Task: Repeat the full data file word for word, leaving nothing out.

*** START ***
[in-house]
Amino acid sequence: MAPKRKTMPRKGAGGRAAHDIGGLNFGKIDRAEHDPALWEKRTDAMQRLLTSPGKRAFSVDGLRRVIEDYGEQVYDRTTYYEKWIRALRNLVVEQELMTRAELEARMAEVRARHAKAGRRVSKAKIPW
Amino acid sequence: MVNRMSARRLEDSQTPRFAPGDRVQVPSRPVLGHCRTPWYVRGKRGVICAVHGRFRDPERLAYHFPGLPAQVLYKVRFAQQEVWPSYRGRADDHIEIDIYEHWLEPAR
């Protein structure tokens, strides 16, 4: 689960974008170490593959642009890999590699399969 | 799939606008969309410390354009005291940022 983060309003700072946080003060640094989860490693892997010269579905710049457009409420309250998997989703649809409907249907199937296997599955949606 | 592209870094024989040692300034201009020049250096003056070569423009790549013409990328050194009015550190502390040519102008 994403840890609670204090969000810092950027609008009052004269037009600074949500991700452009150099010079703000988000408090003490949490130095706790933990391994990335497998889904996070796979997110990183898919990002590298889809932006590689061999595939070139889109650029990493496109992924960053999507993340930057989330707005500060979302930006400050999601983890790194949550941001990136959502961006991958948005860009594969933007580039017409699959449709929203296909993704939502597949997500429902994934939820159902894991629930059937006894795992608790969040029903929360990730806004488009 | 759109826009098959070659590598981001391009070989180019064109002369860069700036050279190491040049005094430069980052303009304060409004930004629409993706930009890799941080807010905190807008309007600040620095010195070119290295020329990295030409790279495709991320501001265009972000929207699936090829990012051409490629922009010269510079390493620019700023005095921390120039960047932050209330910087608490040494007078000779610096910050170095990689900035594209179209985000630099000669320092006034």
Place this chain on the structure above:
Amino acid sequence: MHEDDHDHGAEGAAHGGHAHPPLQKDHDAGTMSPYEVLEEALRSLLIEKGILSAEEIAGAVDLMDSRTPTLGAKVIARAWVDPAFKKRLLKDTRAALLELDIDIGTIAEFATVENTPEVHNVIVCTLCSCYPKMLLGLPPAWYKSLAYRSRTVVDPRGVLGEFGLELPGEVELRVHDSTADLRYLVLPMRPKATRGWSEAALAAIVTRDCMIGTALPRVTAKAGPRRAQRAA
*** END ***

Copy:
[in-house]
Amino acid sequence: MAPKRKTMPRKGAGGRAAHDIGGLNFGKIDRAEHDPALWEKRTDAMQRLLTSPGKRAFSVDGLRRVIEDYGEQVYDRTTYYEKWIRALRNLVVEQELMTRAELEARMAEVRARHAKAGRRVSKAKIPW
Amino acid sequence: MVNRMSARRLEDSQTPRFAPGDRVQVPSRPVLGHCRTPWYVRGKRGVICAVHGRFRDPERLAYHFPGLPAQVLYKVRFAQQEVWPSYRGRADDHIEIDIYEHWLEPAR
């Protein structure tokens, strides 16, 4: 689960974008170490593959642009890999590699399969 | 799939606008969309410390354009005291940022 983060309003700072946080003060640094989860490693892997010269579905710049457009409420309250998997989703649809409907249907199937296997599955949606 | 592209870094024989040692300034201009020049250096003056070569423009790549013409990328050194009015550190502390040519102008 994403840890609670204090969000810092950027609008009052004269037009600074949500991700452009150099010079703000988000408090003490949490130095706790933990391994990335497998889904996070796979997110990183898919990002590298889809932006590689061999595939070139889109650029990493496109992924960053999507993340930057989330707005500060979302930006400050999601983890790194949550941001990136959502961006991958948005860009594969933007580039017409699959449709929203296909993704939502597949997500429902994934939820159902894991629930059937006894795992608790969040029903929360990730806004488009 | 759109826009098959070659590598981001391009070989180019064109002369860069700036050279190491040049005094430069980052303009304060409004930004629409993706930009890799941080807010905190807008309007600040620095010195070119290295020329990295030409790279495709991320501001265009972000929207699936090829990012051409490629922009010269510079390493620019700023005095921390120039960047932050209330910087608490040494007078000779610096910050170095990689900035594209179209985000630099000669320092006034």
Place this chain on the structure above:
Amino acid sequence: MHEDDHDHGAEGAAHGGHAHPPLQKDHDAGTMSPYEVLEEALRSLLIEKGILSAEEIAGAVDLMDSRTPTLGAKVIARAWVDPAFKKRLLKDTRAALLELDIDIGTIAEFATVENTPEVHNVIVCTLCSCYPKMLLGLPPAWYKSLAYRSRTVVDPRGVLGEFGLELPGEVELRVHDSTADLRYLVLPMRPKATRGWSEAALAAIVTRDCMIGTALPRVTAKAGPRRAQRAA